Aunty Donna came together by pure accident, now they’re one of Australia’s funniest trios

Aunty Donna came together by pure accident, now they’re one of Australia’s funniest trios

Image by Annelise Nappa
Words by Fergus Neal

Mark Bonanno from Aunty Donna talks about becoming internet famous, the origin story for Aunty Donna, and why it took eight years for it all to come together.

Aunty Donna are three boys with a comedy dream. In 2012, their debut show Aunty Donna in Pantsuits was nominated for the Melbourne International Comedy Festival’s Golden Gibbo award, and a string of accolades followed. Ever since the boys have been making viral videos such as Offloading Cake at the End of a Party, Always Room for Christmas Pud, and Bikie Wars, cementing them in Australian comedy folklore.

Mark Bonanno, Zach Ruane, and Broden Kelly serendipitously came together at the University of Ballarat’s Arts Academy, largely through Bonanno being an understudy in Ruane’s student play. Bonanno alludes to the way their onstage chemistry was uncovered by pure accident.

“I was a year below Broden and Zach. They were like the cooler older kids,” Bonanno says.

“The way I snaked my way in. It’s a classic Harrison Ford in Star Wars moment. Someone had written a student play which Zach was directing. Zach had cast Broden, and he knew that I was a bit of a wild card. He knew I could go from zero to one hundred if I needed to.

“He asked me to read lines for another actor with no intention of casting me. He said, ‘Can you just go for it, just to get the other actors fired up?’ So I did it and Zach suddenly thought, ‘Hmm maybe Mark might be right for one of these roles’. Then he put me in that play.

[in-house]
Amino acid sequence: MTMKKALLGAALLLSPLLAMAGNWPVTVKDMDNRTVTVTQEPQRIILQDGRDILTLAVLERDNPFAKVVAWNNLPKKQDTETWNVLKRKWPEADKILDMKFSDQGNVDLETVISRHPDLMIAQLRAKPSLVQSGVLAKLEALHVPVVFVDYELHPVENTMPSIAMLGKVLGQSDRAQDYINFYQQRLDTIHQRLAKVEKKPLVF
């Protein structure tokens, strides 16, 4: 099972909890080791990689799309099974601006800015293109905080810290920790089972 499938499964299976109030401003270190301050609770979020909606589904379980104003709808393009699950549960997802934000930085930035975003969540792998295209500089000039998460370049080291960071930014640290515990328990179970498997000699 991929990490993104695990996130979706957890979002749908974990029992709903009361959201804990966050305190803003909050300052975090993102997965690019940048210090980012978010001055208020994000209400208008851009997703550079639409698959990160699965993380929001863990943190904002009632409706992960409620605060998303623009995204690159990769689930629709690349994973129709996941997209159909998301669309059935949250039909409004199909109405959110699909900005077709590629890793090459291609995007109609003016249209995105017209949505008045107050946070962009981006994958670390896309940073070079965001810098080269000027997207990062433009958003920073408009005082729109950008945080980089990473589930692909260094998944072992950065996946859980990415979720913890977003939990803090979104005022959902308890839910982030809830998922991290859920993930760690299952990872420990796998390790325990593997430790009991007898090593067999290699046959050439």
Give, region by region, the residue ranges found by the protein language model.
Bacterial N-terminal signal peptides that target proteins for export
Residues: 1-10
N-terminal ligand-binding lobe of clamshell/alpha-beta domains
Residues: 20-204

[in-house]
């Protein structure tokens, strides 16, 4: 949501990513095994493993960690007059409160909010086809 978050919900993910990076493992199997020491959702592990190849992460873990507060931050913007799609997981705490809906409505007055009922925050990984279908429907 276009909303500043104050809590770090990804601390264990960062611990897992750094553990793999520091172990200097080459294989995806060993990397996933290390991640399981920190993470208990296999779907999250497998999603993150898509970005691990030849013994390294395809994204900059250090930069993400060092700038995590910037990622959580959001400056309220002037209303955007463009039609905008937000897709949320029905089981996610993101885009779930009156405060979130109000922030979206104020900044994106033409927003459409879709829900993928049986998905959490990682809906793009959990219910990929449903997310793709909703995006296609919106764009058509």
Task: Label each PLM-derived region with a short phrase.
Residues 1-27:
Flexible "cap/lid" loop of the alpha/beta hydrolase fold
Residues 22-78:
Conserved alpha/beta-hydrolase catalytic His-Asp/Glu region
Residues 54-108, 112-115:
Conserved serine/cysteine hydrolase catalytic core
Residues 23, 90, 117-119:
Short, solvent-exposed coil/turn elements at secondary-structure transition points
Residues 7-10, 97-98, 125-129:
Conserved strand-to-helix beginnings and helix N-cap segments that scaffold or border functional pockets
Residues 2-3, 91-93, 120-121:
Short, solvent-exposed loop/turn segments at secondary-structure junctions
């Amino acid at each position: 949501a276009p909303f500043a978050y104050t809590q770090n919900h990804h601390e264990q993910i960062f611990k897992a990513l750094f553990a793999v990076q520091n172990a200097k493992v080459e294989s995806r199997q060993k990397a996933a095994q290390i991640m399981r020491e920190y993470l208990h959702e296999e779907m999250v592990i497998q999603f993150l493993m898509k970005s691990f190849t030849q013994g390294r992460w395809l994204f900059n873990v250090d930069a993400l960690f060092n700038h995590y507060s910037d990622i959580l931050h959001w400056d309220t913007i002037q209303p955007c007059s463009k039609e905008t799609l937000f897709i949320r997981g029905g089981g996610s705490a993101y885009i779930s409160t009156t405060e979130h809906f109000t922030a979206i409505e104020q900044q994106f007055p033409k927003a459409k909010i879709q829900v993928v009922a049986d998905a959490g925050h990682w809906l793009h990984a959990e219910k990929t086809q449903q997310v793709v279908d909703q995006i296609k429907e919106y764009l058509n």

“So, the first time we ever worked together was in this different scenario where Zach was directing a play that Broden and I were acting in. What we all realised at that moment, was that we clicked.”

From humble student-theatre beginnings, Aunty Donna has now entered into the mainstream zeitgeist. Throughout the lockdown period, it seemed as though Aunty Donna had a trending video every few days and snippets of their sketches are often heard in passing conversations. When asked whether he’s aware of this progression, Bonanno laughs.

“Really? Care to elaborate? I did hear, and I don’t know if this is true. Somebody fucken told me that they worked on the set of Hells Kitchen and that Gordon Ramsay would reference [Aunty Donna show] Breakfast Goat. Whether it’s true or not don’t hold me to that, but somebody fucken told me.

“I think it’s the beauty of the internet where it gives you the chance to be international. We got recognised in Disneyland in America and it’s mind-blowing, it’s like how and why? But I guess that’s the power of doing comedy sketches online.”

Aunty Donna’s success almost seems like it happened overnight. However, it took sustained belief in an idea over a long period when their level of dedication and ticket sales weren’t necessarily correlating.

“Our early shows had barely any people. We’ve just been putting everything into this for eight years, genuinely everything. And have sacrificed everything and no one has wanted anything else other than the success of this group.

“We were lucky that we all put laser focus into this project and it’s managed to break through. We’ve never given it up. We’ve always believed in it, to an absurd degree, and that’s allowed us to go on and do this.”

We chatted to Aunty Donna in episode 10 of our Ferg Goes Live podcast. Give it a listen below:

Check out the other nine episodes of Ferg Goes Live via Spotify and Apple. You’ll find chats with Wil Anderson, Netflix co-founder Marc Randolph, DMA’s and more.

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